Elizabeth began checking on the history of the officer who had provided the alibi: killed in the line of duty two years later, while investigating a case of domestic violence, well after Holly had left for her CIA training. Dead end.
Elizabeth closed and locked away the file, feeling relieved that she had found nothing to sully the name of a woman she admired. Still, it might stir up Sykes.
Sykes had all four of his men and one woman, Bess Potts, to dinner on a Saturday night. They dined on porterhouse steaks, perfectly grilled and sliced by Elroy Hubbard, who had been cooking for him for the past four months.
“Where did you find Elroy?” Bess asked Sykes.
Sykes poured her more of the grand California cabernet. “He was a ship’s cook in the Navy for more than twenty years. When a lot of the older ships were cut up for scrap, and he found himself ashore, his former CO on a battleship got him transferred to Naval Air Station Pensacola, as chef in the officers club. When he finally retired, a naval acquaintance of mine recommended him.”
“He’s just perfect, isn’t he?” she asked.
“Just about,” Sykes replied.
“But he seems not to have your full confidence,” Bess said. “Last time I was here, you had a tendency to change the subject when he was nearby. Is it a racial thing?”
“I guess I’m as much a racist as the next man,” Sykes said. “He’s always had a bit of an attitude that troubled me.”
“I see,” she said. “After dinner I’d like to talk to you about something I found in the files at Justice.”
When the others returned to their quarters, Bess hung back, then produced a copy of Holly Barker’s file. “I think you’ll find this interesting,” she said.
“Do you mind if I read it now?” Sykes asked.
“Go right ahead.”
Sykes read the file rapidly, then looked up from his brandy. “This thing about her chief’s suicide is interesting, isn’t it?”
“I think so, too. She had the skills and training to shoot him with his own gun, clean up after herself, and leave the body to be found the following morning by his maid.”
“She had an alibi, too,” Sykes said.
“Yes, and it stood up. The man who said he was with her in a bar died in the line of duty at a later time.”
“You think she killed the colonel?”
“She certainly had an excellent motive, didn’t she? Drugged and raped, then he’s found not guilty by a jury that included a buddy of his.”
“Was there a tox screen on the body of her former CO?”
“There was an autopsy, but the local ME didn’t think a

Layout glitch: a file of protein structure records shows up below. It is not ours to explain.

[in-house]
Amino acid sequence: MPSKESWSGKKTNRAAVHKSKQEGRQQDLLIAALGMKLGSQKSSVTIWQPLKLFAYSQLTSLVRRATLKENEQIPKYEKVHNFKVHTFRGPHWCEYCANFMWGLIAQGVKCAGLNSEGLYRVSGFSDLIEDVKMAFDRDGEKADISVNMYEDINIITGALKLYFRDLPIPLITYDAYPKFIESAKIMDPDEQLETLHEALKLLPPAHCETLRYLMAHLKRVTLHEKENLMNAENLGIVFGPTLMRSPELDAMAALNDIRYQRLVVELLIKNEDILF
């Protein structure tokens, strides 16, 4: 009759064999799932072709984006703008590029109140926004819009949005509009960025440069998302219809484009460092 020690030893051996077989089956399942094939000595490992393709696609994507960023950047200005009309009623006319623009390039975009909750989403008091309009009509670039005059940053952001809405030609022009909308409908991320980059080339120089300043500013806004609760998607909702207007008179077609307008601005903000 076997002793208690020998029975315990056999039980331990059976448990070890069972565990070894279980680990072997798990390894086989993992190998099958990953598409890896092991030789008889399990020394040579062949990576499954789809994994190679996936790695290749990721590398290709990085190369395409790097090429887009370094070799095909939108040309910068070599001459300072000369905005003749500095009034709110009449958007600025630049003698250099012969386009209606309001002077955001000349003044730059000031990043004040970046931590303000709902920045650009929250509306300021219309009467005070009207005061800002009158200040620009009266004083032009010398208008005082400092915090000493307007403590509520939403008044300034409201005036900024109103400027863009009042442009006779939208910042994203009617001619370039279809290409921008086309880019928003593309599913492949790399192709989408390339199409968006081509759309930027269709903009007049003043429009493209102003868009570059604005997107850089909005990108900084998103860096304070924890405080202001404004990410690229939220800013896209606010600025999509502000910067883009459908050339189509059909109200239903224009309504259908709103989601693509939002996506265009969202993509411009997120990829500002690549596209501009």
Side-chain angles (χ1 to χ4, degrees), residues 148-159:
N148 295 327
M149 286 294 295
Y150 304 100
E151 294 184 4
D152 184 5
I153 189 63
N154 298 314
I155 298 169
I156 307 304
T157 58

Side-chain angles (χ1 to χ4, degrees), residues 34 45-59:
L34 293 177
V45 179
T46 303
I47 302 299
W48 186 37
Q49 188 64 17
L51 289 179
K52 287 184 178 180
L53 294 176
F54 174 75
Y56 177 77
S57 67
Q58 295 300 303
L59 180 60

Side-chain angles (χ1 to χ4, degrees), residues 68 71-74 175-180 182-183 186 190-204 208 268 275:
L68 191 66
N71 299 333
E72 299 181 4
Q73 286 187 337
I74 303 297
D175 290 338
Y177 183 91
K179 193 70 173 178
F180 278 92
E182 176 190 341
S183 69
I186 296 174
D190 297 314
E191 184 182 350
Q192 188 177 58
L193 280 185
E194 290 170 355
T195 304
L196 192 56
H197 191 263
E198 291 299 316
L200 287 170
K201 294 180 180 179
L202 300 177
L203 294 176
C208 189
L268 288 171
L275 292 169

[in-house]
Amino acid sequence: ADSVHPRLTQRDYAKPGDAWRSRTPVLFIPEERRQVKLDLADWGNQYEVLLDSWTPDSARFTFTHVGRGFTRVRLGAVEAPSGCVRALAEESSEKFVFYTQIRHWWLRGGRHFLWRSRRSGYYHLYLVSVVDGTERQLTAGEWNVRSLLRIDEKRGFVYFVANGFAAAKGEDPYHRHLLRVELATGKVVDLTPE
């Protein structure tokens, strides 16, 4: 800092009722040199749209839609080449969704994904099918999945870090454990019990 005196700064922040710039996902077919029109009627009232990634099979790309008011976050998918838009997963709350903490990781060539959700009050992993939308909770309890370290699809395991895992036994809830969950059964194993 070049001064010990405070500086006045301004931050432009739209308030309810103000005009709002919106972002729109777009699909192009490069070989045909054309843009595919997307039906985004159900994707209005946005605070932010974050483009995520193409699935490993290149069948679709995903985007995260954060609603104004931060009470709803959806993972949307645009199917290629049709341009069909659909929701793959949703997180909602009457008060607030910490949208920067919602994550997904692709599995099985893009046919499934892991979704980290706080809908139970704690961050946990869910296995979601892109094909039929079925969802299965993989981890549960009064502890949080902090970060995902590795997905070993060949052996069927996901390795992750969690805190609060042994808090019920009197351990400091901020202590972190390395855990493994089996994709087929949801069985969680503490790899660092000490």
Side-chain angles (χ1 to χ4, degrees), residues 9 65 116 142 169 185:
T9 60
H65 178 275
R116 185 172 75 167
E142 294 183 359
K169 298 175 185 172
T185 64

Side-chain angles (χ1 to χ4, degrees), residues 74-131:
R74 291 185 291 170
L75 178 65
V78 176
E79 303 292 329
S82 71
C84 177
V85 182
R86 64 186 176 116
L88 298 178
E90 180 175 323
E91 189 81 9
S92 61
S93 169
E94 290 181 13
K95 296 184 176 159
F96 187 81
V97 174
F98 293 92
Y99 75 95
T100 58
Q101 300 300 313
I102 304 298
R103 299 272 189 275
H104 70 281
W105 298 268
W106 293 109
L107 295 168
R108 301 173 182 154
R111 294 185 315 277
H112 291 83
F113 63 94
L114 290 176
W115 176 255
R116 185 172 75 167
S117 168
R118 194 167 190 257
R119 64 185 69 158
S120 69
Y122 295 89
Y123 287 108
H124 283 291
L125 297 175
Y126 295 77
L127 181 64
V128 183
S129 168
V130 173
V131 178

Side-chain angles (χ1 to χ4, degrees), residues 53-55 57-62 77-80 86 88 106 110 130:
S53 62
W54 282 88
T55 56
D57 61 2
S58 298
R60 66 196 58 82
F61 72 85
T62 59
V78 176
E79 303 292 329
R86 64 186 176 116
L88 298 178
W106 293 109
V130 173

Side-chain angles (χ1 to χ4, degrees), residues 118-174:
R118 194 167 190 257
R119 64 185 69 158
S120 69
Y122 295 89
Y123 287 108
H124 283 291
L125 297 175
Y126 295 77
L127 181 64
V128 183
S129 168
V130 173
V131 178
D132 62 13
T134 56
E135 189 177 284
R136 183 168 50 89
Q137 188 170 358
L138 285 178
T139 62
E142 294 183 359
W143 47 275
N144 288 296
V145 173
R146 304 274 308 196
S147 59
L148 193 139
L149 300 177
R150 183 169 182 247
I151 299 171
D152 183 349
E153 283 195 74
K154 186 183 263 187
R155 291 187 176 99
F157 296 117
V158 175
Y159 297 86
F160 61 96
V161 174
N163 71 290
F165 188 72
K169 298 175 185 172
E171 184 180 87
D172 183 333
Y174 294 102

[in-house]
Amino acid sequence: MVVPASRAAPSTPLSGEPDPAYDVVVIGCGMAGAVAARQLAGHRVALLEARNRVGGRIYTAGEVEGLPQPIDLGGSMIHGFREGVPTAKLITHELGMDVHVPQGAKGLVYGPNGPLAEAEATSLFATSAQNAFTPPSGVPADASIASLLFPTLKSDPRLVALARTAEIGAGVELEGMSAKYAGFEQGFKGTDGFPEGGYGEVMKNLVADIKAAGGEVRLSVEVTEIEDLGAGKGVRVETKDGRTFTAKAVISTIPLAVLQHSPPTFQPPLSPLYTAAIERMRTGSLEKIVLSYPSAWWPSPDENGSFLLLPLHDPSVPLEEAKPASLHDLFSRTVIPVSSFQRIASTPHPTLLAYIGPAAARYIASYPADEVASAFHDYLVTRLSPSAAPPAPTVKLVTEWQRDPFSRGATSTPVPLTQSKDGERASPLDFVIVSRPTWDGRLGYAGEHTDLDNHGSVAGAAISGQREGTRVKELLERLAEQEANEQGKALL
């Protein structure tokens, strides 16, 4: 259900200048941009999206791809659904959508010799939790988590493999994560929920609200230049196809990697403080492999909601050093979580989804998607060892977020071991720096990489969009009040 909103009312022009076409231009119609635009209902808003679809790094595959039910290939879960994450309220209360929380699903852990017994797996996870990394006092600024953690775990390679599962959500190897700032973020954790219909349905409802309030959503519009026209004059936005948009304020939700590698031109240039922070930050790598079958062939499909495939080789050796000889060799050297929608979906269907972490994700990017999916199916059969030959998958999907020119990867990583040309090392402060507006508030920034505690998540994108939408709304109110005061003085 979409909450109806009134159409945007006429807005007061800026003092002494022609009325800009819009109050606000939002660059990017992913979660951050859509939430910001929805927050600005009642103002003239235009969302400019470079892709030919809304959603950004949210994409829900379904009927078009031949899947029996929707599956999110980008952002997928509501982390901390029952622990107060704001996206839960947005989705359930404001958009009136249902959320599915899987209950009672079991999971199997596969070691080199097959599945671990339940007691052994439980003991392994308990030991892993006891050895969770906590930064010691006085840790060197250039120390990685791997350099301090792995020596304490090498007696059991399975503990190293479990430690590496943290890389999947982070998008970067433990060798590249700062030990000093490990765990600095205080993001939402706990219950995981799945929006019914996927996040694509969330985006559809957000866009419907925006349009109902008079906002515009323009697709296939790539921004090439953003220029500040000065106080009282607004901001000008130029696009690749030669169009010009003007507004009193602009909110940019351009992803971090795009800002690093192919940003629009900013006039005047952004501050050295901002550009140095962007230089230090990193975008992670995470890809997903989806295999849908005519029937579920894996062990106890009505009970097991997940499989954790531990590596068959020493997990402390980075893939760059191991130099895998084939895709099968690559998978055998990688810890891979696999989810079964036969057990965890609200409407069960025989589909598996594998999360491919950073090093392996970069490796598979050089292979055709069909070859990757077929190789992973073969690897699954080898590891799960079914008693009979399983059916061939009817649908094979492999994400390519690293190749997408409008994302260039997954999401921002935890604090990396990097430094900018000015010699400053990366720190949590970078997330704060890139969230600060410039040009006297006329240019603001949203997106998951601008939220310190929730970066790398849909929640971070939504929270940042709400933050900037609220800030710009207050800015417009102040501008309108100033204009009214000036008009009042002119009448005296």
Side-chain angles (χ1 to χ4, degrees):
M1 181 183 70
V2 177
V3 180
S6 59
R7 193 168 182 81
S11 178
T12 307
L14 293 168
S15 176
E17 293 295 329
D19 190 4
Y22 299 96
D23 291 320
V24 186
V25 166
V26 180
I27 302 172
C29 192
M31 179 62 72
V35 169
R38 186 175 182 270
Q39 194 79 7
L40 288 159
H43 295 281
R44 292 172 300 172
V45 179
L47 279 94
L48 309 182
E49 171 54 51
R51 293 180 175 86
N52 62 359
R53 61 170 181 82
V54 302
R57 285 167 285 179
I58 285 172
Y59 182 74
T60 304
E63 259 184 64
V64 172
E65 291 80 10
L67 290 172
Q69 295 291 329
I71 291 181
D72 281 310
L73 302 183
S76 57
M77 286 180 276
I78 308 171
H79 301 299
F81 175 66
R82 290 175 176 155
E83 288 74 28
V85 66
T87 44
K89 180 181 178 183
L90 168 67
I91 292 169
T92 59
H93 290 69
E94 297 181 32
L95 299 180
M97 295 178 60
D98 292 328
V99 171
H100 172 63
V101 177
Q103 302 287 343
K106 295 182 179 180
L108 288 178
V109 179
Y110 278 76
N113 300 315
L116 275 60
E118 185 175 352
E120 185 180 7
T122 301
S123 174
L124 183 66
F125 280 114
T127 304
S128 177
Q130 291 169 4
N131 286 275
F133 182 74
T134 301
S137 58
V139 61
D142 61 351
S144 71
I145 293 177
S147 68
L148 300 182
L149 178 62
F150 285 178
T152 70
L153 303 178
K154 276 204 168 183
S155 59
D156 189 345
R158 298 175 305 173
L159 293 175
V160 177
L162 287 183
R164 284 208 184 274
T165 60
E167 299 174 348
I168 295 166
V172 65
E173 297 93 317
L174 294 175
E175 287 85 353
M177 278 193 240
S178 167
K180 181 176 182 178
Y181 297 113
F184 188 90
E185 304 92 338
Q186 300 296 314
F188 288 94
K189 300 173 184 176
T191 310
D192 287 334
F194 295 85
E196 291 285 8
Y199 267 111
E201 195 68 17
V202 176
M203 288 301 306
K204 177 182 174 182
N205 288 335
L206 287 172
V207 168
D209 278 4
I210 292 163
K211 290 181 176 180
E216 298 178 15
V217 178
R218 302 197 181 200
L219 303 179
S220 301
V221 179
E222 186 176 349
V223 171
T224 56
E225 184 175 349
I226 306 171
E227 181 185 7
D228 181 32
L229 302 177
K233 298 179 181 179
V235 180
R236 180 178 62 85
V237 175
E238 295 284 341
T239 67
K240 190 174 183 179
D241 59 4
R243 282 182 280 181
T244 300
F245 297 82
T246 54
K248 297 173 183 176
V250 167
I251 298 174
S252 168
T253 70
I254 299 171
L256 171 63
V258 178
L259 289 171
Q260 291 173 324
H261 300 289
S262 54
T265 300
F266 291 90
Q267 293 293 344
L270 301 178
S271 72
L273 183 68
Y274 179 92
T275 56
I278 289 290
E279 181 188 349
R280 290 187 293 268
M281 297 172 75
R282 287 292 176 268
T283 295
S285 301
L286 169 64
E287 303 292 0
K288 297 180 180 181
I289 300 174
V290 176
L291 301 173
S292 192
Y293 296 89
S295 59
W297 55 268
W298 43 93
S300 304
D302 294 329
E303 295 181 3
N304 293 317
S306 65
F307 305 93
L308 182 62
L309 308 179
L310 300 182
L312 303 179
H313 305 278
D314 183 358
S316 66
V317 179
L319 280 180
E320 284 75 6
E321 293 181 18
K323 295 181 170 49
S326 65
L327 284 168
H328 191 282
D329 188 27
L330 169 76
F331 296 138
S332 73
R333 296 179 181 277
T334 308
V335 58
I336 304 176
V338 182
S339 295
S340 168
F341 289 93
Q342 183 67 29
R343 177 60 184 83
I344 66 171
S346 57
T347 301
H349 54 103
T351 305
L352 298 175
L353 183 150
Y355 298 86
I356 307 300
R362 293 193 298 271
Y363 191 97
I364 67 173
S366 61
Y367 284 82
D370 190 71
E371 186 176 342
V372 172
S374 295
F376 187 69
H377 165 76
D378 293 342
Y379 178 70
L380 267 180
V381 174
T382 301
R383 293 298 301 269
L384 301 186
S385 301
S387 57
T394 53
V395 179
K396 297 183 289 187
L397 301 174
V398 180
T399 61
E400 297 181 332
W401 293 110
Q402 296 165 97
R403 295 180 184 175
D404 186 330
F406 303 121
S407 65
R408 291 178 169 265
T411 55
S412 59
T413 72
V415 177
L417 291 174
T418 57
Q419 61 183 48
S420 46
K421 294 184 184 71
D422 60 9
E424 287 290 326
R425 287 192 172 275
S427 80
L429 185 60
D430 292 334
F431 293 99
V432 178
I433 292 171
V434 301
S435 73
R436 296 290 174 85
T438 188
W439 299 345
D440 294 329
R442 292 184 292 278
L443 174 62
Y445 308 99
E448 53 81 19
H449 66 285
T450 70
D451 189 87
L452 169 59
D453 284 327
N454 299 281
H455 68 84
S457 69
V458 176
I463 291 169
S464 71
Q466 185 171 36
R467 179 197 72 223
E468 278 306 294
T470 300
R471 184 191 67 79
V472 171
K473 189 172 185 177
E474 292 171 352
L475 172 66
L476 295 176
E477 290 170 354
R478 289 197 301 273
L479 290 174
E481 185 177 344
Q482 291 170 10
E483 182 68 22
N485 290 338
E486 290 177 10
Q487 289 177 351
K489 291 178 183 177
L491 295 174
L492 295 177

tox screen was indicated. And the body was cremated. I tried to search the records of the drugstore where he had his prescriptions filled, but they were dumped a long time ago.”
“So here’s a headline for you:
PRESIDENT-ELECT A SUSPECT IN A COP MURDER AND FAKED SUICIDE. COP’S MEDICAL RECORDS VANISHED
“Pretty good,” she said, “but not all his medical records, just his prescriptions.”
“Picky, picky, picky,” Sykes said. “I know a fellow with a radio talk show who’s really good at turning a news story into a walking, talking myth, and he has an audience who’ll eat it up.”
“That sounds like Jake Wimmer,” she said.
“You’re absolutely right,” Sykes said.
“It’s a little late, isn’t it? She’s already been elected.”
“It’s not too late to make her life hell for a while,” Sykes said, “and it could come back to bite her in the ass when she’s running for reelection.”
“You don’t want it traced back to you,” Bess said. She hadn’t counted on this.
“Jake knows when to talk and when not to talk,” Sykes said. “And if he should talk, he knows how to blame the right people.”
“You’d better be very, very careful,” Bess said. “You might get more than your fingers burned.” She tossed back her brandy and got up. “Time for me to go,” she said. “I don’t need a hangover tomorrow morning.” She thanked him for dinner, found her coat, and drove away from the house.
All the way home she thought about what she had done, and the possibility of unintended consequences. She was going to have to find a way to turn this back onto Sykes.
At home, she sat down and made a list of people to contact, especially people in the printed press and the television political shows.
Then she sat down at her typewriter and wrote a description of what she had seen in Holly Barker’s file and what Sykes’s reaction was when he read it, then she faxed it to a contact.
That was all she could do for now.
When Elizabeth arrived at her desk on Monday morning, there was an encrypted e-mail waiting for her. She ran the app, then read the message.
Alfresco lunch today? 12:30?
She bought a deli sandwich at noon, then drove to Rock Creek Park and left her car in a legal space. She walked down a trail and found a picnic table; he was already there.